At the start of the standby mode, when the vehicle ignition is turned off, the telecommunications unit of the vehicle sends a synchronization message to the mobile device 201 that synchronizes the mobile application with the DRx timer of the vehicle 102. The synchronization message may be sent in SMS (short message service) form, AIF (application integration framework) form, or any other suitable format that the mobile device is capable of processing. The synchronization message includes information regarding the time, such as the GPS time, GPRS time, or an amount of elapsed time relative to the ignition being turned off. The mobile application then uses the time information to synchronize itself with the DRx schedule of the vehicle, which allows the mobile application to determine the status of the vehicle without further communication with the vehicle. It will be appreciated that the synchronization message may include the DRx schedule information of the vehicle, or the mobile application may obtain the DRx schedule from another source, such as the call center, or the mobile application may be pre-loaded with the synchronization schedule.

It will further be appreciated that there may be variations in the particular method used to synchronize the mobile application with the vehicle's DRx schedule. For example, both the mobile application and the DRx timer could rely on a common external timer such as GPS time or GPRS time, and the synchronization message informs the mobile application at which point in GPS time or GPRS time the vehicle ignition was turned off. In another example, the mobile application could be programmed to take into account an offset between the time information received from the vehicle and its own internal timer/clock to keep track of the DRx schedule. Whichever method is used, after the vehicle ignition is turned off, the mobile application should become synchronized with the DRx schedule of the vehicle, and thus, as depicted in FIG. 2, the mobile application can determine when the vehicle has entered into cyclic mode 202 and when the vehicle powers down 203 without receiving additional information from the vehicle.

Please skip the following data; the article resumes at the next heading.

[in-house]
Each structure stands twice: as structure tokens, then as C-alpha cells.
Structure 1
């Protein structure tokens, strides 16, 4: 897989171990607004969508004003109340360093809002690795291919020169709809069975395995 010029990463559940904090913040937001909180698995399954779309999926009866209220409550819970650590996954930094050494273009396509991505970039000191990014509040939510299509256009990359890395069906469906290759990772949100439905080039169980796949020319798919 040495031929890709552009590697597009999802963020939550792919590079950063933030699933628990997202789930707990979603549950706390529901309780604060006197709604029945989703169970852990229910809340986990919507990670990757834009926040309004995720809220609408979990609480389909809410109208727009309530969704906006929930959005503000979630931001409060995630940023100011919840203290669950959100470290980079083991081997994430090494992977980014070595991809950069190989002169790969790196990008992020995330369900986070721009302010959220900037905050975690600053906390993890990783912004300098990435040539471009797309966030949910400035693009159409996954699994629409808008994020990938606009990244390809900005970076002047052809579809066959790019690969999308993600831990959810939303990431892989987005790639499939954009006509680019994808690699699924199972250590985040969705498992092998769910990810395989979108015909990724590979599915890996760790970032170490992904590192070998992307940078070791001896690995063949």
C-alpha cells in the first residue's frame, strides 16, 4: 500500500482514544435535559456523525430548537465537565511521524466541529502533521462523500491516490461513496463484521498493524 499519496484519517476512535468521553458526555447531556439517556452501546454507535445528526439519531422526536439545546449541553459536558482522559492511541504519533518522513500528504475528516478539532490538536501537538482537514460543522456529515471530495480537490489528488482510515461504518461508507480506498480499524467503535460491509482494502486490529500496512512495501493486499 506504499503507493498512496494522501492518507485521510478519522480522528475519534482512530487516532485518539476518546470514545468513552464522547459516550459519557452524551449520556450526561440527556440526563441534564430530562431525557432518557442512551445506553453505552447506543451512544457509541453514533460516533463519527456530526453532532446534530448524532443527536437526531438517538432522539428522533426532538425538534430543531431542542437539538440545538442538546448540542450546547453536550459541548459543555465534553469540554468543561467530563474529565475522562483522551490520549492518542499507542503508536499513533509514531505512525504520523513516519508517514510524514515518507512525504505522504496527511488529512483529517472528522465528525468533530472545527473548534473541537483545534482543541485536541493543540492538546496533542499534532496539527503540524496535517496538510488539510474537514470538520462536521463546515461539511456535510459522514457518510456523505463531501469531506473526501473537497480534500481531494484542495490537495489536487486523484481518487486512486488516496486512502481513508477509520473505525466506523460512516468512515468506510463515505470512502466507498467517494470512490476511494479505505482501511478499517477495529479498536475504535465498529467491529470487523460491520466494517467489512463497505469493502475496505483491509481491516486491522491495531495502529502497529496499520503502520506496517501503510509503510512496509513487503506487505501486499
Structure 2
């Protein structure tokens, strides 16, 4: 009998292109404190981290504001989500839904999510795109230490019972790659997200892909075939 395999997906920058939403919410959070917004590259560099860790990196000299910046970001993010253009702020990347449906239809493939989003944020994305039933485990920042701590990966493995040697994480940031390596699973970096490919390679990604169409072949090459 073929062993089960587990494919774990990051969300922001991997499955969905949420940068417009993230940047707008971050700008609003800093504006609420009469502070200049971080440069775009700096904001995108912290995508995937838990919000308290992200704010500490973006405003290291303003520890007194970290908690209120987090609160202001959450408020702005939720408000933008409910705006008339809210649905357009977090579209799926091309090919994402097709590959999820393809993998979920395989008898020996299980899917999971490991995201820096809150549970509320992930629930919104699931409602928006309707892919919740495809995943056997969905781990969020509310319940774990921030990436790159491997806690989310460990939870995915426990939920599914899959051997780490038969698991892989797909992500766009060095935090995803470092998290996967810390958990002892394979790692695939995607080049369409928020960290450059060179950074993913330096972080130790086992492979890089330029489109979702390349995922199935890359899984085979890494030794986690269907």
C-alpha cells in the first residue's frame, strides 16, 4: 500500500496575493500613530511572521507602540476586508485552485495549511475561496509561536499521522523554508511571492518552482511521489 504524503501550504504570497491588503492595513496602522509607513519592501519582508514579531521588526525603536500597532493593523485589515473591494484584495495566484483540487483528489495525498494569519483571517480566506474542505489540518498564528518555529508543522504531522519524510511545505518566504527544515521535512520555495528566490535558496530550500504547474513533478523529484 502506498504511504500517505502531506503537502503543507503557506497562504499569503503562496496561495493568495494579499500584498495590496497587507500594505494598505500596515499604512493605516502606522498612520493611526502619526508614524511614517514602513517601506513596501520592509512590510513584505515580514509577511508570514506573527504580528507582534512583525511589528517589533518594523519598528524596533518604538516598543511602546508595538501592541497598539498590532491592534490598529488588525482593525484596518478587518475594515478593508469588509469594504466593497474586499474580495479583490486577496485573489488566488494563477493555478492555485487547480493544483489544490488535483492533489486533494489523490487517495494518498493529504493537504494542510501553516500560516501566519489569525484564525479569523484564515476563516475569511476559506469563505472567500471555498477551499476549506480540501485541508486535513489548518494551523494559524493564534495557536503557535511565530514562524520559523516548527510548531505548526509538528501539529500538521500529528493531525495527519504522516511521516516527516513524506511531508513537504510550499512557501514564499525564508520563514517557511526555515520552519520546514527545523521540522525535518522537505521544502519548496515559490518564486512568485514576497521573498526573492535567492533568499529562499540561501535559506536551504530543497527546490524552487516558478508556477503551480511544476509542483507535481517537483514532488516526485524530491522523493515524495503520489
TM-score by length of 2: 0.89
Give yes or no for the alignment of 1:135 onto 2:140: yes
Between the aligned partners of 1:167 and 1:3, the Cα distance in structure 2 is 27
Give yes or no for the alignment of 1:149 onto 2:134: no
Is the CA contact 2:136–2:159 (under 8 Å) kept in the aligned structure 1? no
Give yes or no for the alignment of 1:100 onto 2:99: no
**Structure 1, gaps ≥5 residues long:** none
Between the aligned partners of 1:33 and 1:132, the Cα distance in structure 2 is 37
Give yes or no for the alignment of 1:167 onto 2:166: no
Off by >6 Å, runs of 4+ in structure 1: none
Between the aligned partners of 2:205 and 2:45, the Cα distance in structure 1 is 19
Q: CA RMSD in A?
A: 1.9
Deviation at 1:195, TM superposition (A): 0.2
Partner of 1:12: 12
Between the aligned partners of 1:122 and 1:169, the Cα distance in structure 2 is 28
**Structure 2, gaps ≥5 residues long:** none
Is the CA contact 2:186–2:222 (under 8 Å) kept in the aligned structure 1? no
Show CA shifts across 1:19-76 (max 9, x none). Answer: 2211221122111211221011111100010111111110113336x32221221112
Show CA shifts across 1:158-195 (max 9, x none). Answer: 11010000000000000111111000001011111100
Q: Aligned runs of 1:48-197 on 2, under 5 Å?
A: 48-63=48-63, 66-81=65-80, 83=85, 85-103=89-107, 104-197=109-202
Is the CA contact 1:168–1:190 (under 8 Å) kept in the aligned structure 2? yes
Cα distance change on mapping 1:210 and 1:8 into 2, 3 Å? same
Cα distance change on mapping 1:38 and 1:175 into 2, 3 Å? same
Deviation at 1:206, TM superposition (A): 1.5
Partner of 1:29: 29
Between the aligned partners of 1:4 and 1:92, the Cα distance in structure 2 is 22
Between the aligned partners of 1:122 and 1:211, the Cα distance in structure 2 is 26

Thus, when a user wishes to send requests to the vehicle, such as remotely unlocking the doors of the vehicle or turning the vehicle ignition on from the user's mobile device, the mobile device will know whether the vehicle is available to receive and execute the user's request. It will be appreciated that user requests may be sent directly to the vehicle from the mobile application, or may be sent to a call center first with the call center then forwarding the request to the vehicle through a call center-initiated call. Turning now to FIG. 3, operation of the mobile application in one implementation is depicted in the context of the different operational modes of the vehicle. When the vehicle ignition is turned off, the mobile application receives a synchronization message over a cellular network from the vehicle telecommunications unit and synchronizes itself 301 to the DRx schedule of the vehicle. If the mobile application receives a user request 303 while the vehicle is in standby mode, the mobile application can immediately send that request to the vehicle 305 for processing, since the mobile application knows that the vehicle is standing by and available to receive requests.